Market in Minutes:
UK Farmland Market Q1 - April 2015

UK Farmland Market - Q1
UK Farmland Market Q1

29 April 2015, words by Ian Bailey

Farmland values increase but at a slower rate than same quarter of past few years.


Our Farmland Value Survey shows continued positive growth. During the first quarter the value of prime arable farmland increased by 0.5% to £9,900 per acre across Great Britain, which follows 14% growth in 2014.

This is significantly more muted than recorded in the same period of the past few years and suggests, as we forecast, that the ‘bull run’, driven by the top end of the market, in average capital value growth is slowing. In the first quarter of 2014 and 2013 the corresponding figures were 1.4% and 1.8% respectively.

Quarter one growth was principally concentrated in the southern regions of England and in the East Midlands, where quality farms and estates dominated the market. Average prime arable farmland growth in these regions was 0.4% in the South East, 3.5% in the South West and 0.6% in the East Midlands.


All other regions across Great Britain, as shown in Graph 1 (below), recorded zero growth. Values continue to be highest in the East of the country.

Importantly, average values continue to mask the diversity in the market with sales at values in excess of £15,000 per acre being achieved for the right farms. This end of the market continues to be driven by quality and location with large commercial arable farms and high quality estates attracting the strongest demand.

click on image below to enlarge


First Quarter 2015 % change for average prime farmland (2011-15)

Graph 1

Source: Savills Research

Supply 2015

The trend of limited supply continues and, whilst remaining historically low, shows a slight increase on the first quarter of 2014. Supply remains at close to the lowest levels ever recorded – similar to 2001 during the foot-and-mouth outbreak and 2004 during the run-up to the introduction of the Single Farm Payment Scheme.

The lack of clarity surrounding the potential outcome of the General Election coupled with pressure on farm incomes is creating some uncertainty.

Our research shows that just over 15,250 acres of farmland were publicly marketed across Great Britain during the first quarter of 2015; a 9% rise, amounting to 1,320 acres, on the same period of 2014.

Graph 2 (below) illustrates the regional differences in market activity in the first quarter of each of the past five years. In the first quarter of this year the increased activity was concentrated in England (26%) whilst the levels of supply continued to fall in Scotland (-10%) and Wales (-53%).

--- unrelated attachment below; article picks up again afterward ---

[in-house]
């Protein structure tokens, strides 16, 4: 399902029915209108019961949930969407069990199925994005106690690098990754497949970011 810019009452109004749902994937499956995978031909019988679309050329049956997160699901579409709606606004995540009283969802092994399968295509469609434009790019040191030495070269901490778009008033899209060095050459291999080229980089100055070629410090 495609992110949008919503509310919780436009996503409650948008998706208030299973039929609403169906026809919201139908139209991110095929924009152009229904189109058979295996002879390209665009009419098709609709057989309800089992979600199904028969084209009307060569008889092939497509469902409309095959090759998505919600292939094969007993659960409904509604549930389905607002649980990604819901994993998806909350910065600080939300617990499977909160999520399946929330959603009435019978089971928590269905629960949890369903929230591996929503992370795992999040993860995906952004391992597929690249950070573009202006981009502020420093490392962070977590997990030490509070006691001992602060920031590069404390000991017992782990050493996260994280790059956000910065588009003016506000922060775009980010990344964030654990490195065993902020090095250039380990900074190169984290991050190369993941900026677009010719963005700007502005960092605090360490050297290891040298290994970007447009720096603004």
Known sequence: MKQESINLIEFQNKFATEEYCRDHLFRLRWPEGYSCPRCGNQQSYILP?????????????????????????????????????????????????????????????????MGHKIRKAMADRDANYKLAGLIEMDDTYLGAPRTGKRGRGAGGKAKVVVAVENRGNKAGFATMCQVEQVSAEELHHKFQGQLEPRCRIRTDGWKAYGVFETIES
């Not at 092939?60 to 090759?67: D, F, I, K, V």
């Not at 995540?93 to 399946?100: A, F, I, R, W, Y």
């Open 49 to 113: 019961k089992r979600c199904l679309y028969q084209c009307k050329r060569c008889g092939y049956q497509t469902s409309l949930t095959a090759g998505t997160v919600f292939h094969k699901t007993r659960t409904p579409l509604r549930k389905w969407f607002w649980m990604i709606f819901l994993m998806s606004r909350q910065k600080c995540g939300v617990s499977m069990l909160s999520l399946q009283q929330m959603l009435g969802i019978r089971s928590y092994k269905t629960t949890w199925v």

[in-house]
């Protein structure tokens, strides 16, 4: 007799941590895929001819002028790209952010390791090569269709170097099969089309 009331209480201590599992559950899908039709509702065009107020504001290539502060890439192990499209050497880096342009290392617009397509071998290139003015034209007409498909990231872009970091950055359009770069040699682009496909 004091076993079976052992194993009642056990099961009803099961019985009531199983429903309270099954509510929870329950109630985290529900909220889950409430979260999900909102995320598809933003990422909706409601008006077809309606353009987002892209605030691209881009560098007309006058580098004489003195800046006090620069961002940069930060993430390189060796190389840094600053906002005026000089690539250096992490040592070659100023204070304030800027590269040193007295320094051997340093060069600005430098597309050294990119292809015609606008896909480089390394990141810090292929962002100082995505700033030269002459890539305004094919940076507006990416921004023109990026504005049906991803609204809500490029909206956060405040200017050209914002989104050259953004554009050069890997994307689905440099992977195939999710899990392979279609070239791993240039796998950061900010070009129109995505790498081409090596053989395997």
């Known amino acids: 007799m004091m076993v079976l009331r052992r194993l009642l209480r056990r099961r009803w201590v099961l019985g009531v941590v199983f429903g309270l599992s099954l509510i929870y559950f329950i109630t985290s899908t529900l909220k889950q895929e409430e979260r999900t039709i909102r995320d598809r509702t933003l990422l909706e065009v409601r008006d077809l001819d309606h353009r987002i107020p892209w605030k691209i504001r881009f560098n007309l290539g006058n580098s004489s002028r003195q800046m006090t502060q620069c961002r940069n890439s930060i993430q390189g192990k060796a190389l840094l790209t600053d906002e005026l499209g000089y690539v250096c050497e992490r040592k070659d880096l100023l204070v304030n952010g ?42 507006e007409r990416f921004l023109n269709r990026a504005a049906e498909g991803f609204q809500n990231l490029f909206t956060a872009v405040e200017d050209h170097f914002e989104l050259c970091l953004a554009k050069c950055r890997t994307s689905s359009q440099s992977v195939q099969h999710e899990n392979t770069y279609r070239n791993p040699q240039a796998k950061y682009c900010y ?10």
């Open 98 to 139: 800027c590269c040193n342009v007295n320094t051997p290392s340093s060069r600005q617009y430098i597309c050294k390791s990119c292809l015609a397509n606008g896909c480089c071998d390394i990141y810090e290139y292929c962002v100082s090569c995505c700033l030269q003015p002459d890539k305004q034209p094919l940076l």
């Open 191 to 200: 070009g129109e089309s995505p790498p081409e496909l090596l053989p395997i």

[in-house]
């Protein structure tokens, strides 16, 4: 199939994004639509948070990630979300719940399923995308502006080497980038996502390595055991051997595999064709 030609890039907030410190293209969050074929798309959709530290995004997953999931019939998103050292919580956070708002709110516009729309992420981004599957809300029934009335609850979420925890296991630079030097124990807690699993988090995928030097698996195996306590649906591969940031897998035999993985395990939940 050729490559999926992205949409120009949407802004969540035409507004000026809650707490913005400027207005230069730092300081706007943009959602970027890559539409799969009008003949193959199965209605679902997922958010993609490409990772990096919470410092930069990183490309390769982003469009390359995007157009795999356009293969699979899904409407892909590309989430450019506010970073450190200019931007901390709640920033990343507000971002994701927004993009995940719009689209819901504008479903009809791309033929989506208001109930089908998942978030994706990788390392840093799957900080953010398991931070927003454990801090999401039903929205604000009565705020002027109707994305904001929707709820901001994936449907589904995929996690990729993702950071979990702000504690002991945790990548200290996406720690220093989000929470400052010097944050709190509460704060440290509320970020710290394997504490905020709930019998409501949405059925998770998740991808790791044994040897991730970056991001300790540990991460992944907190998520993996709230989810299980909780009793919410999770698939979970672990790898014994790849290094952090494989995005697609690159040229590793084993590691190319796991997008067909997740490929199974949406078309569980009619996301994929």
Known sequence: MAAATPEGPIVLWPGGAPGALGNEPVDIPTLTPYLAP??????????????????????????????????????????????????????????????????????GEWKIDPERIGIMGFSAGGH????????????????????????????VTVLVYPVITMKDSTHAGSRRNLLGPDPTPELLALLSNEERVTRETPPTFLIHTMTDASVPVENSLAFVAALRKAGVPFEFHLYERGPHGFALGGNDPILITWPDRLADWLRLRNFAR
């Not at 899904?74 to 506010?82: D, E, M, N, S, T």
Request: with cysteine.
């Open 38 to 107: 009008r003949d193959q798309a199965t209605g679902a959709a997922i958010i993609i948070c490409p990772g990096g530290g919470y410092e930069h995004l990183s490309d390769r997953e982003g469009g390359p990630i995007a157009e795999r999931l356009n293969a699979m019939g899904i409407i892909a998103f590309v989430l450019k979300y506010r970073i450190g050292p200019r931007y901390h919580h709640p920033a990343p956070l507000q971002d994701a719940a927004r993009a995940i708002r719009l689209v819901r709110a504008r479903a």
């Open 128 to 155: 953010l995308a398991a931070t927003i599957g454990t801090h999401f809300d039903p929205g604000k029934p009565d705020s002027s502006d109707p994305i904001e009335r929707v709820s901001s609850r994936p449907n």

Supply variations across Great Britain

Graph 2

Source: Savills Research

Across England there were some significant regional differences during the quarter. Large increases in supply were recorded in the East Midlands (280%) and the South East of England (362%). In the South East of England activity was boosted by two large properties in Hampshire (1,600 and 1,000 acres).

In contrast, decreases in the supply of farmland were recorded in the East of England (-30%), the North of England (-37%) and also in the South West of England (-11%).

Although activity in the South East of England was dominated by two large farms the market in the first quarter across Great Britain predominantly consisted of a larger number of smaller farms suggesting that pressure on incomes and cash flows may be having some effect – see Table 1.

click on image below to enlarge


Farms advertised in Q1 2015

Table 1

Source: Savills Research

The supply data in this report is derived from publicly marketed farmland. Anecdotal evidence suggests the private market for farms and land remains active with some strong competition for highly commercial units. ‘Off market’ activity levels in the past few years are probably at their highest for several decades.



The market in 2015

■ We do not expect a significant change in the overall levels in the supply of farmland, with the amount of land coming to the market remaining historically low.

■ The demand for quality farms and estates in the right location remains strong. However, the market is diverse and a clear understanding of local market conditions will be critical to both buyers and sellers to ensure expectations are realistic.

■ We expect average farmland values across Great Britain to grow at around 6% per annum over the next five years, but there will be significant variations in the rates of growth depending on land and farm type, as discussed in our recent Agricultural Farmland Survey published in February 2015.

■ In the short term, the general election in May has added an additional level of uncertainty on top of the pressures of low commodity prices on farm incomes.

■ However, the farmland market in Great Britain is transparent and a safe haven for wealth, and those concerned that inflation could take a hit will look for protection in tangible assets.



Key contacts

Ian Bailey

Ian Bailey

Rural Research

Savills Margaret Street

+44 (0) 207 299 3099


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